Friday, November 15, 2013

On, Under and Across the Southport Bridge

Dilemma faced me when I reached the bridge connecting Southport's parkland and The Spit. Though seemingly trivial, even mundane, it's these decisions that make a visit special because one doesn't exactly plan something like crossing a bridge on foot. I was of course curious. Don't you ever wonder what's on the other side? Of a rainbow? Of an ocean? Of a bridge? There was always the romantic notion, where travelers are concerned, that there could be a "pot of gold" - or "greener pastures"? And isn't it better to find out for yourself?

The other side is, of course, nothing but a sand bar extending from the shore, i.e. a "spit".  The terminology is almost unheard of in American English, so finding its usage on a parcel of sandy shoal makes it even more interesting. From there stood several high rise buildings that look out into the blue Pacific Ocean. The Spit provides a demarcation between Broadwater and the sea. I somehow felt the need to land my foot on the other side. It's a silly checklist, but there it is.

From the parkland of Southport, I decided to checkout what's under the bridge. The walls were littered with colorful murals of the inherent fauna found in the area.

There's a pedestrian lane under the bridge that goes to the other side (where the malls are located). The quality of sand is amazing; fine white powdery sand line the shore, something that the island of, say, Mactan would turn green over. You see, most resorts in the Cebuano island have artificial inlays of white sand. Here, they spill over in Queensland's shores.

The water ways were moderately busy. I could see amphibian vehicles (SuperDuck, AquaDuck, etc.) traveling on the water. These didn't seem to have docking stations anywhere from my view.

So - I crossed the bridge on foot. Not the searingly hot weather could stop me from doing so. I wasn't sure how long it took me. But it was a joy to feel the breeze coming from the Nerang River. Upon reaching the other side, I noticed the construction of a Light Rail Transit (LRT) expected to be operational in 2014. With 14 trams, 16 stations over a 13 kilometer stretch, this train system would radically change the way tourists roam the Gold Coast. If I haven't mentioned it yet, going around this part of the world isn't as tourist-friendly as thought because traveling requires renting a car or taking the taxi which is expensive! Surely, Queensland isn't a pauper's paradise.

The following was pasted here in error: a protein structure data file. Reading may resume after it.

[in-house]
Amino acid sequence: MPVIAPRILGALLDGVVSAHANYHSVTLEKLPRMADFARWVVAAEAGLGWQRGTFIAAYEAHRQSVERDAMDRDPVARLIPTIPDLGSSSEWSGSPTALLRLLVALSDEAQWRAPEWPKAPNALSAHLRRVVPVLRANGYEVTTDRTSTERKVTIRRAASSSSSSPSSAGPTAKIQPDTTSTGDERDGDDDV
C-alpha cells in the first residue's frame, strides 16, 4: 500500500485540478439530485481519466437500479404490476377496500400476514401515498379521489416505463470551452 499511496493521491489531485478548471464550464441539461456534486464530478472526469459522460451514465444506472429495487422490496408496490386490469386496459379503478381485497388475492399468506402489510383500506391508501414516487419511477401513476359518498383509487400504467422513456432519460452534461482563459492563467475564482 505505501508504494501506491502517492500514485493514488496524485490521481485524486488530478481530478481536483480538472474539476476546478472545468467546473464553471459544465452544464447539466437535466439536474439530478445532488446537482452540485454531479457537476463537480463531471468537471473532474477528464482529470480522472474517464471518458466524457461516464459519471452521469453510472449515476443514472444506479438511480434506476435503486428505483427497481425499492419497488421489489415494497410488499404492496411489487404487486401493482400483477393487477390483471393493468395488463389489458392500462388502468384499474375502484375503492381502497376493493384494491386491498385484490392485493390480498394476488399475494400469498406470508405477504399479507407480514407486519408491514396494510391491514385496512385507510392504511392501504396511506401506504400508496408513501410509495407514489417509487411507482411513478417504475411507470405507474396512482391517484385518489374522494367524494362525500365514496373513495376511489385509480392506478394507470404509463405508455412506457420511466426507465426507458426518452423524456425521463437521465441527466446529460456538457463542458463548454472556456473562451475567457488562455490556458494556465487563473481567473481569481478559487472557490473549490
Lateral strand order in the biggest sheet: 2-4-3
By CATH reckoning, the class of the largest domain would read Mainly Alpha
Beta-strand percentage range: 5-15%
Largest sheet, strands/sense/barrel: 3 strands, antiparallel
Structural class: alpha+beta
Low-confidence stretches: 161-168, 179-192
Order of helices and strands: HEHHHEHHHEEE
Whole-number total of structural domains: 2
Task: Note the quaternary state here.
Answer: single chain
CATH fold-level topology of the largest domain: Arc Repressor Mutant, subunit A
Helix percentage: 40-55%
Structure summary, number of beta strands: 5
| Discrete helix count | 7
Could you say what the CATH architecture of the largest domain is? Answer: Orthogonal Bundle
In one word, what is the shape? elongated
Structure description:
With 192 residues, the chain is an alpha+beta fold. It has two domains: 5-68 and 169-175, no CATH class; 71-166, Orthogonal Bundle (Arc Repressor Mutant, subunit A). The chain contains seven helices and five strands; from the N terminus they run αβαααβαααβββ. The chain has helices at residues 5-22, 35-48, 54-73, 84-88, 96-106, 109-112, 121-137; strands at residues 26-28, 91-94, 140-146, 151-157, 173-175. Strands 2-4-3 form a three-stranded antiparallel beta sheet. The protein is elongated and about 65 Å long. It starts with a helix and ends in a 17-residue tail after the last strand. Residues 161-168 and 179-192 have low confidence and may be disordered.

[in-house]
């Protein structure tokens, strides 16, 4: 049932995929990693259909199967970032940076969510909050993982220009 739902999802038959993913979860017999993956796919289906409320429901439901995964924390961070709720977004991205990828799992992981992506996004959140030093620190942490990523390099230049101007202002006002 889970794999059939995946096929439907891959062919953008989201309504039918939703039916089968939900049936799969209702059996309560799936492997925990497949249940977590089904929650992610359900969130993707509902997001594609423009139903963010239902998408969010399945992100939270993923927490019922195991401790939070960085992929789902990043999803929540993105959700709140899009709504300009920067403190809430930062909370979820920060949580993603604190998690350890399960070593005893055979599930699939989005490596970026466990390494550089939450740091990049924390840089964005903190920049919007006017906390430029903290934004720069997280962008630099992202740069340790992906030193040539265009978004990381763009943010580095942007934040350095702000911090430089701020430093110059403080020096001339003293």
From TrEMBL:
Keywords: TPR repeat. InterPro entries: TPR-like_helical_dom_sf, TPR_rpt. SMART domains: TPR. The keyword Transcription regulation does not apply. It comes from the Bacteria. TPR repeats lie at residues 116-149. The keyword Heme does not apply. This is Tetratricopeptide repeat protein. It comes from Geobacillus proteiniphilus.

He's feeding a school of fish.
From the other side, I could see the parkland, and the buildings that constitute the corporate centers - and the mall. I chanced on an amphibian vehicle as it drove and dove into the waters. Koreans and Japanese nationals were enjoying their river cruise. The money they burn. I tried to bask in the warmth of the sun, but at some point, it was just too harsh to enjoy. More importantly, I've stepped on the land they call The Spit, and though I didn't exactly get reacquainted with the Pacific Ocean this time, I was contented.

Looking at the bridge was like receiving an invisible trophy. I've succeeded to cross THAT long bridge and I was where I wanted to be. Not quite for Ripley's, but it was a personal milestone. Crossing bridges in Australia.

My next minor problem was, I knew I had to get right back to the other side to check out the city center and the Australia Fair Shopping Mall. It was going to be a longer walk.

This is the Eye in the Sky!

Murals on the wall.

I had to walk that bridge?

Take notice of the quality of sand.

Southport's The Spit. 

Koreans and Japanese tourists.

SuperDuck, an amphibian tourist vehicle.

The bridge connecting Southport and The Spit.

I made it to the other side.

The way towards the shore.

Some 20 minutes later, the amphibian is back. That was a fast ride.

Gave myself a pat for crossing the bridge from the park (arrow) to the other side.

Fellow tourists stop by the shore to enjoy the view. They left after 10 minutes.

It is a Lonely Planet, isn't it? ;)

No comments: